Our goal in Musical Connections is to form relationships that allow for musical engagement of all who participate: the staff and residents of the participating venue, the artists who make up your roster, and the staff of the presenting organization. We call this responsive programming because each event—from a single performance to a long-term project—is tailored to respond to the needs of the partner venue and its residents as well as to the capabilities and interests of the artists and the presenter’s staff.
The needs and capacities of your partner venues and the scope of your own resources will determine what kinds of programs work best. There is no one-size-fits-all community program. Regardless of their size and scope, however, all successful community work embodies certain principles:
Artists, staff, leaders at partner venues, and participants are all invited to join in the collaborative work that is Musical Connections and are all affected by it. Watch their testimonies here.
Musical programming of this kind can take many forms and generally takes place in settings that are far from typical concert halls. The projects with the best outcomes are those that are appropriate to the venue and that carefully consider the circumstances and capabilities of the residents.
How do you create a program that relates to your audience? Musical Connections artist Camille Zamora shares one idea.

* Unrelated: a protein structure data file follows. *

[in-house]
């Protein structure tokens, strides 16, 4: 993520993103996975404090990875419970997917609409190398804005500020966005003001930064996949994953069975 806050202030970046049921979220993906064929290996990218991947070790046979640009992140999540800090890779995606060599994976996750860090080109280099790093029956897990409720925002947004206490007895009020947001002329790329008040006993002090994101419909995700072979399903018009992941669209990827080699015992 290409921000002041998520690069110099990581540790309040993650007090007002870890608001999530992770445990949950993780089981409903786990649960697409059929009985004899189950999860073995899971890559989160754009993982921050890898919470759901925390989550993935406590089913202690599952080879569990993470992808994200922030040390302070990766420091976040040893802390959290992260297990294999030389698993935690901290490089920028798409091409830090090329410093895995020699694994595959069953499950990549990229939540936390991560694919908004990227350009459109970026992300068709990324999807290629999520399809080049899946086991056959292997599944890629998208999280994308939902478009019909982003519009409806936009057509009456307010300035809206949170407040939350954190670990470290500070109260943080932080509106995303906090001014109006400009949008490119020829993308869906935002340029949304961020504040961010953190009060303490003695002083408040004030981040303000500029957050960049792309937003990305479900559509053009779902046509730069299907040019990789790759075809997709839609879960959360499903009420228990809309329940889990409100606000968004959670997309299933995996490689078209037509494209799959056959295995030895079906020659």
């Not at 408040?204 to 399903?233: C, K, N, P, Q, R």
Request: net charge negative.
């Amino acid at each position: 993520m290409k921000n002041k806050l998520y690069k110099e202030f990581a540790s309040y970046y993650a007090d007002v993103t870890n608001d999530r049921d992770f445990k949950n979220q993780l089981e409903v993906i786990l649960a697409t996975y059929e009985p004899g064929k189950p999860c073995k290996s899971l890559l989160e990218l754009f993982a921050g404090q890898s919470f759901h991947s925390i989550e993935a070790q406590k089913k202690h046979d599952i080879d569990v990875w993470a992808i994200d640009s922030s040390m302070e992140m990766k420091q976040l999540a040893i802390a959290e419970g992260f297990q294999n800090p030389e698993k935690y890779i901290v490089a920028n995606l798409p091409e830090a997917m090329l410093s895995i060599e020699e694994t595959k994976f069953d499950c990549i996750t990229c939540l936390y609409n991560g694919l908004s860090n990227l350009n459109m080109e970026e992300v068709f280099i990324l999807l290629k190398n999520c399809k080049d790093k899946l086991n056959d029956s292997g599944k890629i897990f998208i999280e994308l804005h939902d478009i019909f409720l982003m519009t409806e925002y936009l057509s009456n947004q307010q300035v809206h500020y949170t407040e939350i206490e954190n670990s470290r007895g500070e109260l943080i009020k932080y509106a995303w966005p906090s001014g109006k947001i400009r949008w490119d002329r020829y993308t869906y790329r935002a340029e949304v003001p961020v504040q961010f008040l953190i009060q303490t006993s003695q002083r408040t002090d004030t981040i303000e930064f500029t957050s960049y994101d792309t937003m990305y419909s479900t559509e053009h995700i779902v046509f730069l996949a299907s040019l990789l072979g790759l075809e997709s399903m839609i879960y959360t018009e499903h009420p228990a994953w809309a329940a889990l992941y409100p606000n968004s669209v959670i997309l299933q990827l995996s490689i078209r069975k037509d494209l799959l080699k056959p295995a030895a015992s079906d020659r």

There is no performance stage and no backstage at a Musical Connections event. Rather, there is an interactive performance experience that begins when artists arrive and doesn't end until they leave the building.
A Musical Connections program isn't over until its strengths and weaknesses have been evaluated and documented by all involved: the artists and other members of the presenting team, the participating venue, and, if possible, outside consultants.
How do you forge partnerships with the government agencies and social service providers in your locale? If you are to implement this kind of community work, partnering with these kinds of external organizations is vital.
Successful community work begins with careful selection of host venues, weighing not just how the venue will benefit from Musical Connections, but how each partnership can contribute to the evolution of your community work. Here are some questions to ask when evaluating a partner venue:
Musical Connections performances help to take care of the caretakers; they affect venue staff as well as those sitting in the audience.
Lead support is provided by the Brooke Astor One-Year Fund for New York City Education.
Major funding for Musical Connections is provided by MetLife Foundation and the Heineman Foundation for Research, Education, Charitable, and Scientific Purposes.
Additional support has been provided, in part, by Ameriprise Financial.
Public support for Musical Connections is provided by the New York City Departments of Homeless Services and Probation, and by the New York City Council.
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